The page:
She punches Mountainview Nursing Home in on the GPS. Her cell phone service is iffy and she can’t find a physical address. She isn’t even totally sure of the name. The last couple of weeks have been a blur, conducted on the phone with distant voices, or in whispers, with strangers who know so much more than she does. Her mother, small in the seat beside her can’t seem to tell her the way.
She is tired beyond tired. They are driving on the backside of the lake, and now beyond the lakeshore, into the space that is no longer New Hampshire vacationland. There are small strings of scruffy stores, a gas station at a cross road, many farmhouses sinking into themselves, trailer homes with lean-tos attached. Occasionally her mother says “that’s where I get gardening supplies”, or “Dad and I sometimes stop there for a sandwich and coffee.” So it isn’t the wasteland it seems, perhaps, being familiar to her mother though her parents moved here only 3 years ago. “That’s where I got paper goods and my craft supplies!” she points with a little more vigor. There is an excitement attached to that shopping trip apparently, that had seemed missing in every conversation, and in any sense of their new lives that Grace had managed to gather. Her parents have been a mystery to her since they so suddenly packed up and moved here, living first in one house she had never had a chance to visit before selling and moving to another. The GPS points it’s long line to the distance, somewhere towards The Presidentials, which she sees with their snowy heads floating and commanding, in the way of a large mountain range rising out of the flatland. Then her mother says, quietly, looking at a road that points into the woods, “That’s where we turn.”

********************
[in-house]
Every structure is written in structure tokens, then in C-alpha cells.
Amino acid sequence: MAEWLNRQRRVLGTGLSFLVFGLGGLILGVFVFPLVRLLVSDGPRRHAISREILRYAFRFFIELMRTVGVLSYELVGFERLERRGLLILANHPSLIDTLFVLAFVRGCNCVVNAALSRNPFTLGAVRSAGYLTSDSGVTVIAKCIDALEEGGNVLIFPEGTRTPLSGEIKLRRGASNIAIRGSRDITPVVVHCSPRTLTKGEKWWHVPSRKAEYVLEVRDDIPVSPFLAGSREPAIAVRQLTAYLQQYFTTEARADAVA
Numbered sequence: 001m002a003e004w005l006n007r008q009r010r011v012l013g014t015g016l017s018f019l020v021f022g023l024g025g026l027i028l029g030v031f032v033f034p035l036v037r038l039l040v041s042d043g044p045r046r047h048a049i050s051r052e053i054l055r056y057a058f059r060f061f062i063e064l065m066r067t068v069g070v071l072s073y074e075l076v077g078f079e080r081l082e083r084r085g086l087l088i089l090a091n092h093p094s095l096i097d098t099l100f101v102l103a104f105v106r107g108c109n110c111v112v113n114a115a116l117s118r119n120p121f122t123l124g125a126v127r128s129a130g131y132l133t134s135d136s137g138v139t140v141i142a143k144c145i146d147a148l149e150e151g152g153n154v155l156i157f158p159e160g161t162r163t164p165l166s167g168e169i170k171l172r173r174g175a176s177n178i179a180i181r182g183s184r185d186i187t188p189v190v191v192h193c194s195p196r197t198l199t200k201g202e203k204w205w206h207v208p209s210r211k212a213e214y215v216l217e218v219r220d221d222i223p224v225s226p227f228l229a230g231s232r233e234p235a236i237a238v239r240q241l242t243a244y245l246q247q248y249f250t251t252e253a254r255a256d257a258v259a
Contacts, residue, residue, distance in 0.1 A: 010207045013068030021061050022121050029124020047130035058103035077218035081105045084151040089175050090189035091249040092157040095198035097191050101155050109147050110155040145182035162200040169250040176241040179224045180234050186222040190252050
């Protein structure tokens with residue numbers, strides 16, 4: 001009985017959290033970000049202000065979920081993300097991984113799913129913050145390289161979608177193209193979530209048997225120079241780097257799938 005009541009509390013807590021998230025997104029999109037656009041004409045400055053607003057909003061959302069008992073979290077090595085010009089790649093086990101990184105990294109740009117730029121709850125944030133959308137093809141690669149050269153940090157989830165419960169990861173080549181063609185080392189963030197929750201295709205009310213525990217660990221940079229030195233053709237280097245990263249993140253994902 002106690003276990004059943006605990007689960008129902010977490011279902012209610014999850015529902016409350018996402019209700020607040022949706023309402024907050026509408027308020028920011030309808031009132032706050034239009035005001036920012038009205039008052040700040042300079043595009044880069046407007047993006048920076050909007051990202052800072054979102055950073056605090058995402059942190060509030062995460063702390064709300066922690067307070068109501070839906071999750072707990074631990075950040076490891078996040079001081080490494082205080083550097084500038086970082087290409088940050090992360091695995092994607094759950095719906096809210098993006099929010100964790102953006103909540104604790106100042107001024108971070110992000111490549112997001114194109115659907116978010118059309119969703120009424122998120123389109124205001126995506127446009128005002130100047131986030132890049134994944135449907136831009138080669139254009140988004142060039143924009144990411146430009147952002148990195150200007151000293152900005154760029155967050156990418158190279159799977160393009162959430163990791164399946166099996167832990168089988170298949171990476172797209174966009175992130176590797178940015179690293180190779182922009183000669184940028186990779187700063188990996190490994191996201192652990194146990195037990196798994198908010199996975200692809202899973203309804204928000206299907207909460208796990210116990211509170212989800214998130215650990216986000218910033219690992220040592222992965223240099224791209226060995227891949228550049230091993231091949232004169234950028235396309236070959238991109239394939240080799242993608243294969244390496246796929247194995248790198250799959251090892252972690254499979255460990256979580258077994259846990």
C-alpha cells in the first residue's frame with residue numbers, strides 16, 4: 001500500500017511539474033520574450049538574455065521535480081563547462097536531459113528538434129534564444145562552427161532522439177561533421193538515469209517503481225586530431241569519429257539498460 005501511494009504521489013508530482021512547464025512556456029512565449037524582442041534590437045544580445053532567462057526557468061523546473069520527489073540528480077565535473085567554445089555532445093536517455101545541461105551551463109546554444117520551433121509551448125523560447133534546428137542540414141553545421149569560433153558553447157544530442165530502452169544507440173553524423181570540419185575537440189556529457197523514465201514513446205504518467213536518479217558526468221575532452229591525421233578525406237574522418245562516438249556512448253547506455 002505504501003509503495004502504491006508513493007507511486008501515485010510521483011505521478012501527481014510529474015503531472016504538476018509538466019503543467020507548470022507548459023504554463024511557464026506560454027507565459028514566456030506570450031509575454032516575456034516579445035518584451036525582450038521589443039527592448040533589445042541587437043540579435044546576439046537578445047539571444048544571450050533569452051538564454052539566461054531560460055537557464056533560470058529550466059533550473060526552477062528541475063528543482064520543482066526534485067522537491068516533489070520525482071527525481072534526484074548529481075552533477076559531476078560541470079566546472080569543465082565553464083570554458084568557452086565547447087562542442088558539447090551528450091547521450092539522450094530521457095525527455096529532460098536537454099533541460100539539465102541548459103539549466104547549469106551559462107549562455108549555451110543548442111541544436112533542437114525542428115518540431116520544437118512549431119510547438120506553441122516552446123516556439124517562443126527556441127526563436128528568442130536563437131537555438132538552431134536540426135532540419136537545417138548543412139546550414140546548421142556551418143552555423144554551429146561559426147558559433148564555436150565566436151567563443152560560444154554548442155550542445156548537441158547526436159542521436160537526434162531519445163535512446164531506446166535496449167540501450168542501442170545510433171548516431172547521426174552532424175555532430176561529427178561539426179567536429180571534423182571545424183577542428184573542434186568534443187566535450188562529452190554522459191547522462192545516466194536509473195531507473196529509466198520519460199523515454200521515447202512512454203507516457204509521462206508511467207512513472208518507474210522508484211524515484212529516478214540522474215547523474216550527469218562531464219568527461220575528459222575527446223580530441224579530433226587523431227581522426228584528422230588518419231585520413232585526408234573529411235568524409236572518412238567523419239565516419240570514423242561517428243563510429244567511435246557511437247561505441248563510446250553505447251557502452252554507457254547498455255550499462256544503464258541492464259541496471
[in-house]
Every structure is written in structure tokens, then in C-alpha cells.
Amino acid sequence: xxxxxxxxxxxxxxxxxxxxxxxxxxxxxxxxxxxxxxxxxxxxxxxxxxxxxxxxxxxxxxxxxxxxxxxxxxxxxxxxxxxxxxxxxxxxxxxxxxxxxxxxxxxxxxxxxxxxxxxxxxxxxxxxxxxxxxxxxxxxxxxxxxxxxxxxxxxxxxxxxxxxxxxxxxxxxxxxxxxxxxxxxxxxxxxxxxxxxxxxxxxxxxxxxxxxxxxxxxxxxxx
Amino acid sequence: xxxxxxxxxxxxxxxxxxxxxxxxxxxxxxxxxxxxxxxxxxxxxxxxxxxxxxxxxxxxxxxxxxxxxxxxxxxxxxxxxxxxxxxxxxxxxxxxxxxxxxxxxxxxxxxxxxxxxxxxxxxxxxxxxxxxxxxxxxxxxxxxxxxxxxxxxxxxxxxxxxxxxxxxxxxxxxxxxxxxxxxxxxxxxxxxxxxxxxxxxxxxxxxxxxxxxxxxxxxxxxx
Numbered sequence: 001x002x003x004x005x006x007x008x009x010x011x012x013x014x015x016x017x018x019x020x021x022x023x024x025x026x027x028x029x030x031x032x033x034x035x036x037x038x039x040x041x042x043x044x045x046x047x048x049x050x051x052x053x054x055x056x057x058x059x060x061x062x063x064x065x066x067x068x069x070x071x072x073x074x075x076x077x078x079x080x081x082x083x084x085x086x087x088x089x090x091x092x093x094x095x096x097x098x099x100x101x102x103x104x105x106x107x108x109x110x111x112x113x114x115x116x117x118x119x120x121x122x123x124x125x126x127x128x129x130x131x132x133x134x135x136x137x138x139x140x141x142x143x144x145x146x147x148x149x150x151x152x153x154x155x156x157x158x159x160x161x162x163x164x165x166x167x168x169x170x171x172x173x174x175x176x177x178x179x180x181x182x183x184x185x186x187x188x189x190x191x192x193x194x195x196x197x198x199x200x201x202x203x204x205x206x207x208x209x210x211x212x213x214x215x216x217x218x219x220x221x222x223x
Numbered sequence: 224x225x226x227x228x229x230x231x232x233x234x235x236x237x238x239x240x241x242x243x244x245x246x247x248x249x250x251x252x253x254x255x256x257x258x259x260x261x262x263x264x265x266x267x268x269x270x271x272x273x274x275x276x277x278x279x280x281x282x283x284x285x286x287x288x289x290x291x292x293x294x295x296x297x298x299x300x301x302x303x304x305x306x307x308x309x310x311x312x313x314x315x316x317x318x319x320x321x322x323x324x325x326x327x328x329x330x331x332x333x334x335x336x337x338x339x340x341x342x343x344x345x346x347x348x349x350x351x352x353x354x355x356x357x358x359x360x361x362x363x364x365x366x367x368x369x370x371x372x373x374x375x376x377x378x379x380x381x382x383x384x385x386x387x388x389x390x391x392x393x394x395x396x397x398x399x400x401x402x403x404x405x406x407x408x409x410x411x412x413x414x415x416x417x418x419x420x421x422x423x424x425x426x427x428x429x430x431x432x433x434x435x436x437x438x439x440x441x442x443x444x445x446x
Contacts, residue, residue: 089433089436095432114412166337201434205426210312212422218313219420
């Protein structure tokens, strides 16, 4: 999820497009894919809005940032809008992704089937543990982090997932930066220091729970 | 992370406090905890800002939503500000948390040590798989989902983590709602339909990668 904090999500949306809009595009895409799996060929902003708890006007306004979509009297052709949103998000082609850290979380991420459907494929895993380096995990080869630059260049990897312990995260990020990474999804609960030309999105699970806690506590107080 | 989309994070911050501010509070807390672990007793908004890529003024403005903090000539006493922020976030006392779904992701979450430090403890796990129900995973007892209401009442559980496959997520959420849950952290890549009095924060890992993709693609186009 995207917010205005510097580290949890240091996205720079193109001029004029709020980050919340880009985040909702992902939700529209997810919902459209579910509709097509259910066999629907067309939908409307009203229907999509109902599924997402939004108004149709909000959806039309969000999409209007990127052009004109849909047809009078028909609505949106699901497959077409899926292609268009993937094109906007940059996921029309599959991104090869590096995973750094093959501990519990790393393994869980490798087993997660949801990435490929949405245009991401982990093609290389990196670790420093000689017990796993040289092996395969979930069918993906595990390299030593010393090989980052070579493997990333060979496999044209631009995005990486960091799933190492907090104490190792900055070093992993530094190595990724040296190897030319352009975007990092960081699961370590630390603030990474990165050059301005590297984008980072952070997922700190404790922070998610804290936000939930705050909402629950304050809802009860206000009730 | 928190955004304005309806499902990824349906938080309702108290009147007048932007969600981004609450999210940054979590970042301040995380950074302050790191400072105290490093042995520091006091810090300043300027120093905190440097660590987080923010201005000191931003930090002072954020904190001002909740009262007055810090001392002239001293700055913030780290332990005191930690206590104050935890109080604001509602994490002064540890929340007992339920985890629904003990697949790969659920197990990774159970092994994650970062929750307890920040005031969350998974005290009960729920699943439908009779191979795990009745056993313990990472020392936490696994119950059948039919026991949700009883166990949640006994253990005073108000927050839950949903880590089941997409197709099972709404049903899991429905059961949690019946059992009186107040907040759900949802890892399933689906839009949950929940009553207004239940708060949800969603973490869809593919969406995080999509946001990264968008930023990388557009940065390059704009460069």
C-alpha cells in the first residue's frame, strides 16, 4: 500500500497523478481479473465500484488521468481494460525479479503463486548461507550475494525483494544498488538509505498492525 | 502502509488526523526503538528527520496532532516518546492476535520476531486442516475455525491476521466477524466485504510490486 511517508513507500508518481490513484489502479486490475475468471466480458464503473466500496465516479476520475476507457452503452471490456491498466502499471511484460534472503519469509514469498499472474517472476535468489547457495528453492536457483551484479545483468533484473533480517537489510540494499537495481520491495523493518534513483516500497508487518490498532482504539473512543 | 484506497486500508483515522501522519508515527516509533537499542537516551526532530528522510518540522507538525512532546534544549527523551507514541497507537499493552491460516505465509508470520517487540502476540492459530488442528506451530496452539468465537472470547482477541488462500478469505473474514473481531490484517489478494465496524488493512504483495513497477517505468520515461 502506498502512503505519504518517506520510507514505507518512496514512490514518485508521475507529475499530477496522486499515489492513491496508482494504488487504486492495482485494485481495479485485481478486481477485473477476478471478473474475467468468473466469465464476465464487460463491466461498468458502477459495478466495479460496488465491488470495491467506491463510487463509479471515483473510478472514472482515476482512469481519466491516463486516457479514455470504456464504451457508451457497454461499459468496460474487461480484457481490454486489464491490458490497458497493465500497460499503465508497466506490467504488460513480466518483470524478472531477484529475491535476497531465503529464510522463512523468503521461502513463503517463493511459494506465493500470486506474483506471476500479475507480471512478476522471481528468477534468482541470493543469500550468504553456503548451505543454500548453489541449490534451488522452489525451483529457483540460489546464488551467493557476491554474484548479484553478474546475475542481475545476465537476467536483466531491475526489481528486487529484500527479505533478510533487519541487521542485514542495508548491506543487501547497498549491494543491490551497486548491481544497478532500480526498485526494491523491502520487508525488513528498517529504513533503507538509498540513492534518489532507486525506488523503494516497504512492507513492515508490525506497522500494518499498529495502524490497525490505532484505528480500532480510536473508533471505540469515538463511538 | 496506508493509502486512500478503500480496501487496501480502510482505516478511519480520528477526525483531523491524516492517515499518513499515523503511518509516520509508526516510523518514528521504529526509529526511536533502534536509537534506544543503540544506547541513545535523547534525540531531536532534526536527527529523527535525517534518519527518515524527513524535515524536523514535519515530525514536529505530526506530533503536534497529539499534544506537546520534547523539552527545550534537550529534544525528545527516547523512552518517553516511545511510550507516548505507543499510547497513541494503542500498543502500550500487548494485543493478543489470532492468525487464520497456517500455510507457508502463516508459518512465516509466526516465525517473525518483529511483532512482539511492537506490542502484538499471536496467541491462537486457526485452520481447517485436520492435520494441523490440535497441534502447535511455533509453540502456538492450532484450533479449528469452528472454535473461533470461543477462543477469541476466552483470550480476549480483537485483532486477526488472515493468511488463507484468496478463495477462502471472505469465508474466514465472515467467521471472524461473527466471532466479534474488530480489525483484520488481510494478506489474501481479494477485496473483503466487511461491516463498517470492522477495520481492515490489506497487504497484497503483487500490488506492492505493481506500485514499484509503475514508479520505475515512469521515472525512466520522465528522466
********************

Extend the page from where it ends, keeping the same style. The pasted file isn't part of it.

The GPS does not agree, and Grace, not knowing what to trust, says, “Should we just keep on a bit and see?”, and her mother, who has retreated before every decision hard made these last few weeks is silent, absent again. The wide, mostly empty highway seems as barren of promise as the moment when she realizes that the GPS too is just punting, and there can be no road where it has suggested, now that she is up high enough to see the vast swaths of forest that slope upwards and away.
“It doesn’t usually take so long.” Her mother sounds peevish.
Grace is suddenly struck by the question of whether a place of memories is more painful than one that is not, now that she can see the long scramble to hide from the blankness of dementia. Then they had thought it was her father, whom they are going to see now, who was running from confusion.
She turns the car around, and at the corner into the woods that apparently is the right turn, the correct turn, she remembers keeping herself awake in the back of the station wagon, decades ago, and quite nearby, on their way to cousins in the White Mountains now at her back. They had never been there before, and coming from flat pre-Cambrian Canada, the mountains seemed alive, and restless in the dark. While her father slept in the front seat, her siblings in back, she had hung over the driver’s seat, watching for signs. She who will never trust her mother’s judgement, terrified that she will lose them all irredeemably, watching, as if it might ever be clear when the losing started.